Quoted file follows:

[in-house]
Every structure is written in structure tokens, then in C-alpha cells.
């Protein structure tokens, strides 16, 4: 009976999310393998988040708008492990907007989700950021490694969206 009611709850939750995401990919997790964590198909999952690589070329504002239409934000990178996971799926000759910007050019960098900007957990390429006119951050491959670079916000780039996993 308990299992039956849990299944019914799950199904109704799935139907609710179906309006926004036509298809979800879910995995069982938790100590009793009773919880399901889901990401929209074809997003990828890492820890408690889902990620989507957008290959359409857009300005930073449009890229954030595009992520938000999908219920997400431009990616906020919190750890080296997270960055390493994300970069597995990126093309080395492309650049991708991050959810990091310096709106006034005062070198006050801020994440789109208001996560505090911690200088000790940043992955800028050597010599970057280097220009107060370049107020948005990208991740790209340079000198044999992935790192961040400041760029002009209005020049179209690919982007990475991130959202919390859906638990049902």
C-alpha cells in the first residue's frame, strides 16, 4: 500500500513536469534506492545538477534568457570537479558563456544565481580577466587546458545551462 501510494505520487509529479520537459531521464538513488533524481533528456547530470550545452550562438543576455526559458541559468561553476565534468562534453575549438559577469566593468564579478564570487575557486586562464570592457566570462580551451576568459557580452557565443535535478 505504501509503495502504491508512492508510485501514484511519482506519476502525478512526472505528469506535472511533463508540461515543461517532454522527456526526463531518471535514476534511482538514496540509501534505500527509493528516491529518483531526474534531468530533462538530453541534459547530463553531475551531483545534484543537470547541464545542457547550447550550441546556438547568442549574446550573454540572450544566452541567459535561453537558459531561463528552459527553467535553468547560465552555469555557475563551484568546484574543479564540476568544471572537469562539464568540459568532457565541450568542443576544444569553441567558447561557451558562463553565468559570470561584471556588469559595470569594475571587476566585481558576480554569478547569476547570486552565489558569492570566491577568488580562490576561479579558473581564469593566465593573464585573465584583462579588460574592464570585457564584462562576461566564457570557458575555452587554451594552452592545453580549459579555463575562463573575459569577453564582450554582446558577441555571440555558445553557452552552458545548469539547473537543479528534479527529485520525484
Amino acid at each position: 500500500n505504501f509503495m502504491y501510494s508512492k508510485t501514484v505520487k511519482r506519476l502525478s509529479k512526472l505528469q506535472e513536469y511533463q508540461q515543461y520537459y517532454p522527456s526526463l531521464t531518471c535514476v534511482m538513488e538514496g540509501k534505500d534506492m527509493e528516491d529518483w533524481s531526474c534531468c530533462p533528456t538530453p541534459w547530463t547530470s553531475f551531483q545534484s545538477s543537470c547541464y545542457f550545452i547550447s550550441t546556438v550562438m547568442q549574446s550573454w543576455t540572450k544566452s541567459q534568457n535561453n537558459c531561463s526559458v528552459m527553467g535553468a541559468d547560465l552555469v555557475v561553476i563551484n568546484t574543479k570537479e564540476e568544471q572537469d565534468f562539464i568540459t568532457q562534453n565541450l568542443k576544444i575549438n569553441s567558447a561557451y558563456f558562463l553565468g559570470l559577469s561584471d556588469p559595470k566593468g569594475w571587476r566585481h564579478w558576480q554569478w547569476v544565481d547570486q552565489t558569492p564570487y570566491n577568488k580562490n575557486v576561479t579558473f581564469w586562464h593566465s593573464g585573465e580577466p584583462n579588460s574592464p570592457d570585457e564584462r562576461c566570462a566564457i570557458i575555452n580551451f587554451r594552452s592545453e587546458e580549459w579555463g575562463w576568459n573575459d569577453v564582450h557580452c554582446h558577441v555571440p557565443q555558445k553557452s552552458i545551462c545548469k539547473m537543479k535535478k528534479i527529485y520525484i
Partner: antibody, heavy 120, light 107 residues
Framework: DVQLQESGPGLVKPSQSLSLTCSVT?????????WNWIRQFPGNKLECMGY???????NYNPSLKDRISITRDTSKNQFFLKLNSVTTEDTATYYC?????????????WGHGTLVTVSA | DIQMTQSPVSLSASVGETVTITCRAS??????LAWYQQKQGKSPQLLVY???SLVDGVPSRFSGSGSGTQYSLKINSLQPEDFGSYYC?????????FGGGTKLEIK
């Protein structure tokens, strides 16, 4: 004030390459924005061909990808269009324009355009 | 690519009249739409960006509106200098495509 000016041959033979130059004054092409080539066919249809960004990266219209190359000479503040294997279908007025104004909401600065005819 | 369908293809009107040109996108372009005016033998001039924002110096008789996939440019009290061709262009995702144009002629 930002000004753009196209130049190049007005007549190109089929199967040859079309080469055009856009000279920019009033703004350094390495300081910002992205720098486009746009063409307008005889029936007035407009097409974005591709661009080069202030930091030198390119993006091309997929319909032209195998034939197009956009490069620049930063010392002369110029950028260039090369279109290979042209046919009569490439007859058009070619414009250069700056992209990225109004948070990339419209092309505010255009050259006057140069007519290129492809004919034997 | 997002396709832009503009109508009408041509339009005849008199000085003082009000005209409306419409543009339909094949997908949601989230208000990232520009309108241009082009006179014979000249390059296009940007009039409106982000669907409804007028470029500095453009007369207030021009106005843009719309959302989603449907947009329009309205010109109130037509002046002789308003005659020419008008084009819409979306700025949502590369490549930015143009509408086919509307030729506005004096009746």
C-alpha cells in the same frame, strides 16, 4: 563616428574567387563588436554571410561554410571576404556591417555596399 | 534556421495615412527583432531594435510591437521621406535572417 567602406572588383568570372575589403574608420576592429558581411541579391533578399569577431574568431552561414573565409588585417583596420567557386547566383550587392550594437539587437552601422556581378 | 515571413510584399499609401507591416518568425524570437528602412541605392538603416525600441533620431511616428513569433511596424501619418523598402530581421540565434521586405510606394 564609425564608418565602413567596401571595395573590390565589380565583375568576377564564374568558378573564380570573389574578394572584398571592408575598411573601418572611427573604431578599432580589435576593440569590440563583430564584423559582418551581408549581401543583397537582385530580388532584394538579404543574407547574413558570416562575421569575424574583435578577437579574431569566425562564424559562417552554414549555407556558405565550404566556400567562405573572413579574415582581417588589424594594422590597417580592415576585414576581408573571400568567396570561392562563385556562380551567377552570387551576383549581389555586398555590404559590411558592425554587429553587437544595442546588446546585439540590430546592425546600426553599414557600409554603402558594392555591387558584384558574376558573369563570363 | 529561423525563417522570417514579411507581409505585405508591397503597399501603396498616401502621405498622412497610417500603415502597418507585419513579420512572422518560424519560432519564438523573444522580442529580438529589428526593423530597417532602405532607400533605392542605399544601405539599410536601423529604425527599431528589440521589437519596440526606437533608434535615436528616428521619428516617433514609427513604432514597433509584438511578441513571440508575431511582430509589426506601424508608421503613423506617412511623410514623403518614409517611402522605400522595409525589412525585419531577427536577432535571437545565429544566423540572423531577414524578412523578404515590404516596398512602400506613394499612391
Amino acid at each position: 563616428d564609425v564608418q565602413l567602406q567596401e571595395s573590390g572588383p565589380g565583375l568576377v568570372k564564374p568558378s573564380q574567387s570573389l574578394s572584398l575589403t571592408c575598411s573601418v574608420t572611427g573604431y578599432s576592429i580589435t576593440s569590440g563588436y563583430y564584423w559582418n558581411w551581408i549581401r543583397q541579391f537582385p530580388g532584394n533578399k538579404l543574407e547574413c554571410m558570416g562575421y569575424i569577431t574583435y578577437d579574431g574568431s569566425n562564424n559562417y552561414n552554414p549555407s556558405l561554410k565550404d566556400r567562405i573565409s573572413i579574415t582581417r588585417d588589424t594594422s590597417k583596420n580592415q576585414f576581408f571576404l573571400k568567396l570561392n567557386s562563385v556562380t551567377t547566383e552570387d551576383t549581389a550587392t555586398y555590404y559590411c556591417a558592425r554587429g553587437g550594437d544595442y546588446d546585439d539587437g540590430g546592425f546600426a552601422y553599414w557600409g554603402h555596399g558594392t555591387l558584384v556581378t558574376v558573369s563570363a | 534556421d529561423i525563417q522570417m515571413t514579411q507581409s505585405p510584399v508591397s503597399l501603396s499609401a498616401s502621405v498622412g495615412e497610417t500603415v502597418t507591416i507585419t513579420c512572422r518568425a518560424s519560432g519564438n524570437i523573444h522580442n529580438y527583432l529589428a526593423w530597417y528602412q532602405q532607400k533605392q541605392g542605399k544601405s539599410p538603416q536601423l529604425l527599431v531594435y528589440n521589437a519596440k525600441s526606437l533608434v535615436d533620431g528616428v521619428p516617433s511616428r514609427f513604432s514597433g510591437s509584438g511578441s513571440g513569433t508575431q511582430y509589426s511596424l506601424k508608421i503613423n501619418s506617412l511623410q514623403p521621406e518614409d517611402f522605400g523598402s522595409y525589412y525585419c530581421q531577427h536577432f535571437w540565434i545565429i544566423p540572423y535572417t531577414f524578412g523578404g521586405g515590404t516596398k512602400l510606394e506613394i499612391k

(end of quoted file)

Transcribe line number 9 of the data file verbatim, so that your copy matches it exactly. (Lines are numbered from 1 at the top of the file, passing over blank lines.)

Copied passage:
C-alpha cells in the same frame, strides 16, 4: 563616428574567387563588436554571410561554410571576404556591417555596399 | 534556421495615412527583432531594435510591437521621406535572417 567602406572588383568570372575589403574608420576592429558581411541579391533578399569577431574568431552561414573565409588585417583596420567557386547566383550587392550594437539587437552601422556581378 | 515571413510584399499609401507591416518568425524570437528602412541605392538603416525600441533620431511616428513569433511596424501619418523598402530581421540565434521586405510606394 564609425564608418565602413567596401571595395573590390565589380565583375568576377564564374568558378573564380570573389574578394572584398571592408575598411573601418572611427573604431578599432580589435576593440569590440563583430564584423559582418551581408549581401543583397537582385530580388532584394538579404543574407547574413558570416562575421569575424574583435578577437579574431569566425562564424559562417552554414549555407556558405565550404566556400567562405573572413579574415582581417588589424594594422590597417580592415576585414576581408573571400568567396570561392562563385556562380551567377552570387551576383549581389555586398555590404559590411558592425554587429553587437544595442546588446546585439540590430546592425546600426553599414557600409554603402558594392555591387558584384558574376558573369563570363 | 529561423525563417522570417514579411507581409505585405508591397503597399501603396498616401502621405498622412497610417500603415502597418507585419513579420512572422518560424519560432519564438523573444522580442529580438529589428526593423530597417532602405532607400533605392542605399544601405539599410536601423529604425527599431528589440521589437519596440526606437533608434535615436528616428521619428516617433514609427513604432514597433509584438511578441513571440508575431511582430509589426506601424508608421503613423506617412511623410514623403518614409517611402522605400522595409525589412525585419531577427536577432535571437545565429544566423540572423531577414524578412523578404515590404516596398512602400506613394499612391